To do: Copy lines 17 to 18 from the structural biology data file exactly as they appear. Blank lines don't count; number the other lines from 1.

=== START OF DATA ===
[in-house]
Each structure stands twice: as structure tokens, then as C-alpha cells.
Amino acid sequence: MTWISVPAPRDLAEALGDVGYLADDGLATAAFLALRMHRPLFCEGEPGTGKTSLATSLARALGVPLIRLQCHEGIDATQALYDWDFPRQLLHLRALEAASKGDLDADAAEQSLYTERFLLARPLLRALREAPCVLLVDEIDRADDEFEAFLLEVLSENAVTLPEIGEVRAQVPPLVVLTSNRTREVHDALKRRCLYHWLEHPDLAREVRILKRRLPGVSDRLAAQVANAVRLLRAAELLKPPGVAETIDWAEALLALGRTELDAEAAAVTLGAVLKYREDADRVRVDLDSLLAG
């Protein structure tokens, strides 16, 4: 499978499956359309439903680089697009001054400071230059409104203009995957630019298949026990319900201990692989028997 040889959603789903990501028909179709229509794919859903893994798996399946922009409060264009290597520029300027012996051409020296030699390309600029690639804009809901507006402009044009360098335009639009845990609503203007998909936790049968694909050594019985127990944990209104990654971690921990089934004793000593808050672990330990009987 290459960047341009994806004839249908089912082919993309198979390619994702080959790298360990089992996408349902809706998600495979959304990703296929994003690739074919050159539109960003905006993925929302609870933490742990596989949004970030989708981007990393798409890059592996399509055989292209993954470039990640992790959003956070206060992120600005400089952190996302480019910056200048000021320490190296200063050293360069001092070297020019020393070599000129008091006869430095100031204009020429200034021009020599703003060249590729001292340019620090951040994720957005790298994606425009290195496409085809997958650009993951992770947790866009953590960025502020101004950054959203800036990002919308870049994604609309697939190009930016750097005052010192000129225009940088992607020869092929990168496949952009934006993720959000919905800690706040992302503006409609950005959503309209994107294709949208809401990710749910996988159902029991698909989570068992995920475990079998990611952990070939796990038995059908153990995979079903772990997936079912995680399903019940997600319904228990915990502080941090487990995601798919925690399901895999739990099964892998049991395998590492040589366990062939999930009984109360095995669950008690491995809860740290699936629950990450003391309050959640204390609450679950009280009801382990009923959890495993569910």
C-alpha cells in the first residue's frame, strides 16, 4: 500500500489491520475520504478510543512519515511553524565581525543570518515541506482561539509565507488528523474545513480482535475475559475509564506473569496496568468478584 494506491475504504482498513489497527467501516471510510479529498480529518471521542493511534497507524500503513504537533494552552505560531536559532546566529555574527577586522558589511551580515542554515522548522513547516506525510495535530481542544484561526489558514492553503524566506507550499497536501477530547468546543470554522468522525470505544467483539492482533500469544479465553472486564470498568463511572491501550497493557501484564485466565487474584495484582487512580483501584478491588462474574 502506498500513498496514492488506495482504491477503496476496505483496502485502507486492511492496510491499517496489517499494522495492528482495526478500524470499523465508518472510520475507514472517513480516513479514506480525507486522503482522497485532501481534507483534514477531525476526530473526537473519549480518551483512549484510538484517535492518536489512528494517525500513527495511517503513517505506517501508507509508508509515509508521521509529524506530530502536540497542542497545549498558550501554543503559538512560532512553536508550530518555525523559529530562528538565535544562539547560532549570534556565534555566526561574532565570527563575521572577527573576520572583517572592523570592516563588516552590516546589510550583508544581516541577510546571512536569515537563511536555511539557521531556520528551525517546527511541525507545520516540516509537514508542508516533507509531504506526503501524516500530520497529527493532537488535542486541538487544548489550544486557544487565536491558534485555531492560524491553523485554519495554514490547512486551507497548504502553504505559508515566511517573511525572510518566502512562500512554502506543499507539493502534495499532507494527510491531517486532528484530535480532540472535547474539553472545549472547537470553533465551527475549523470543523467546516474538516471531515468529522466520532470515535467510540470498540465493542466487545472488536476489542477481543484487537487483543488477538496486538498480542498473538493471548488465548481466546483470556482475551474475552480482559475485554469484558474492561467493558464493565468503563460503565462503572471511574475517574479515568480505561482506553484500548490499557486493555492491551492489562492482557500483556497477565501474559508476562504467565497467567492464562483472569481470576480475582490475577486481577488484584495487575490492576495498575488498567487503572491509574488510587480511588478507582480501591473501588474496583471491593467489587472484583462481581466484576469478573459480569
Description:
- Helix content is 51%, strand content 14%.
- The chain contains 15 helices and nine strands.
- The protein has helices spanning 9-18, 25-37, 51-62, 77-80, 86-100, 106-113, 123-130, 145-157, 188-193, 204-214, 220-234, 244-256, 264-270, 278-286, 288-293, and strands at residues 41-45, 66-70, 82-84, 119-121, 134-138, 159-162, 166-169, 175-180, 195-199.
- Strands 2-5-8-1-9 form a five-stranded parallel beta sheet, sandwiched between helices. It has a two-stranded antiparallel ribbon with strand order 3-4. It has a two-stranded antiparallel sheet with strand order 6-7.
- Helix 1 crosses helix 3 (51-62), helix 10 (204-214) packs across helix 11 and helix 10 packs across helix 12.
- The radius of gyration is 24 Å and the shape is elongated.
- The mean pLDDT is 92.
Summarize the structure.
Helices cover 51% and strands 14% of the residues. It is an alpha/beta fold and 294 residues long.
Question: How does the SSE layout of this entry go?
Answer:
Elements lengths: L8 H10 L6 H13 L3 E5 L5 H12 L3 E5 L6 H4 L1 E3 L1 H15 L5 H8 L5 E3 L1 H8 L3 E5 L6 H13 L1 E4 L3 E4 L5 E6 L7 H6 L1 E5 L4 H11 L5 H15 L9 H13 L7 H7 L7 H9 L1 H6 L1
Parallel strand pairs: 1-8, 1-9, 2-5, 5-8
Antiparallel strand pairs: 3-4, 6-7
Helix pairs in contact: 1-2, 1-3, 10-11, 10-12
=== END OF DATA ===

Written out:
Answer:
Elements lengths: L8 H10 L6 H13 L3 E5 L5 H12 L3 E5 L6 H4 L1 E3 L1 H15 L5 H8 L5 E3 L1 H8 L3 E5 L6 H13 L1 E4 L3 E4 L5 E6 L7 H6 L1 E5 L4 H11 L5 H15 L9 H13 L7 H7 L7 H9 L1 H6 L1